Exploring France through its famous wine regions

There’s a famous quote by Rumi that best describes the importance of a fine wine, “Either give me more wine or leave me alone”

Only a true connoisseur of wine would connect to this saying and only a true lover of wine would know the real worth of a French wine. France, besides being famous for its rich culture, age-old traditions and grand architecture, the country is globally renowned for its wine. The world swears by French wines and every region here produces its own beverage. So let’s take a trip to some famous French vineyards that will tell you everything to plan your vineyard trip in France.

Wine of Provence

Your French vineyard tour won’t be complete without tasting the wine of Provence. This breathtaking French region is just a few hours drive from Nice and is known for producing some fantastic wines. This entire territory is dotted with vineyards and one can also enjoy wine tasting experiences here. The warm climate and the region’s proximity to the sea makes it a perfect place for grapes plantation. Syrah, Cabernet, Sauvignon, Cinsault and Clairette are some of the best wine brands here.

Wine of Loire ValleyCredit: iStock

Wine of Loire Valley

Loire Valley is another famous wine producing region in France. Some of the popular vineyards here are located in Anjou-Saumur, Touraine, The Pays Nantais and Central Vineyards. Loire Valley wines are light and that’s what makes them so popular. One can choose from a stunning selection of red wines, white wines and sweet roses.

Wine of Burgundy Credit: iStock

Wine of Burgundy

Burgundy is a historical French territory famous for its vineyard regions. The wine regions of Burgundy include Côte de Nuits, Châblis, Côte de Beaune, Côte Chalonnaise and Beaujolais, to name a few. The wine produced in this region is considered complex, which makes it very expensive. The region also produces some amazing white wines made from Chardonnay, and red wines made from Pinot Noir.

Wine of Bordeaux Credit: iStock

Wine of Bordeaux

A wine lover’s list of favorite wines won’t be complete without mentioning Bordeaux wine. Counted among the most famous and also the largest wine regions in France, Bordeaux is the world capital of wine! Situated in Southern France along the sea, the wine produced here tastes unique as it comes mixed with mineral qualities.

Rhone Valley wineCredit: iStock

Rhone Valley wine

Another popular wine region in France is the Rhone Valley in Southeastern France. The region is spread across the meandering Rhone River and the wines produced here are the most expensive one. The Rhone Valley wine is known as Côtes du Rhône wine and some of the prominent products here include Grenache Blanc, Marsanne and Viognier.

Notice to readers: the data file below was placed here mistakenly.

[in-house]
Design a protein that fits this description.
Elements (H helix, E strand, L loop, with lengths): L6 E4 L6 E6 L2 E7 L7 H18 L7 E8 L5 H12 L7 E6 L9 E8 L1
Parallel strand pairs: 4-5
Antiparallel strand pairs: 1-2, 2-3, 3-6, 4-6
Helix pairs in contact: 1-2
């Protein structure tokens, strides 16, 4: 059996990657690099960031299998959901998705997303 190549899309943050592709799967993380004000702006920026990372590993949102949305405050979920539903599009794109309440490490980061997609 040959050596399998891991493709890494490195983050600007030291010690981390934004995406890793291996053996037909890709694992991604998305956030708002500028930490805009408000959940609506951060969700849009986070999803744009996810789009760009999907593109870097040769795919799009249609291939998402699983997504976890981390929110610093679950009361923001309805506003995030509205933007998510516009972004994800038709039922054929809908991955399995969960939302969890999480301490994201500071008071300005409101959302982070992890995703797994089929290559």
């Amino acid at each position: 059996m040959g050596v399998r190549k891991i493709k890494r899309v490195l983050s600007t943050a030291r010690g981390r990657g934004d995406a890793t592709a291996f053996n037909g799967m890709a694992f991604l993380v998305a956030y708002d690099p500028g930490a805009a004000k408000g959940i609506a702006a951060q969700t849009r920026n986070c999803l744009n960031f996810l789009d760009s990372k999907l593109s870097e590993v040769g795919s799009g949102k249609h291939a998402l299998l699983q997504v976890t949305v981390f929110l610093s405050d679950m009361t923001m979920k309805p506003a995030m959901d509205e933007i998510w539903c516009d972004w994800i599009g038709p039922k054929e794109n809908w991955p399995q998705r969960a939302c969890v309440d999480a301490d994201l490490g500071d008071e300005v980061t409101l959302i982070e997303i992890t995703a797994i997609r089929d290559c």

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How To Pair Bordeaux Red Wines With Food

Food Pairing for Red Bordeaux Wines allows for a number of different dishes that serve to compliment and enhance both the food and wine. We take a look at both Left Bank and Right Bank Red Bordeaux Pairings, in addition to the recipes needed to make these delicious and savory dishes.

The Bordeaux region of France is one of the most noteworthy winemaking regions in the entire world.  It’s prized by both wine aficionados and newcomers alike due to its rich flavor, complexity, and refined characteristics.

While both red and white wines are produced in Bordeaux, it’s typically the red blends that are most prized by consumers.

Bordeaux red wines are complex, with rich mineral flavors, earthy tones, and refined red, black & blue fruit. Today, we’ll be looking at the best Bordeaux food pairings & recipes for various styles of Red Bordeaux Wine.

A “Bordeaux” red blend (also called a Claret) is typically made from at least two grape varieties, however, there are up to 5 grape varieties that are approved to be utilized when making red wine in the Bordeaux region. Those grape varieties include Cabernet Sauvignon, Merlot, Cabernet Franc, Petit Verdot, and Malbec.

The Best Food Pairing for Bordeaux Red Wines – Left & Right Bank Red Blends

Also worth noting is that there are several sub-regions within the Bordeaux winemaking region of France.  Depending on location, some red wines may be more Cabernet Sauvignon heavy, while others may be more Merlot dominant.  For simplicity’s sake, we’re going to split Bordeaux in two and discuss two typical winemaking styles in the region that most commonly utilized

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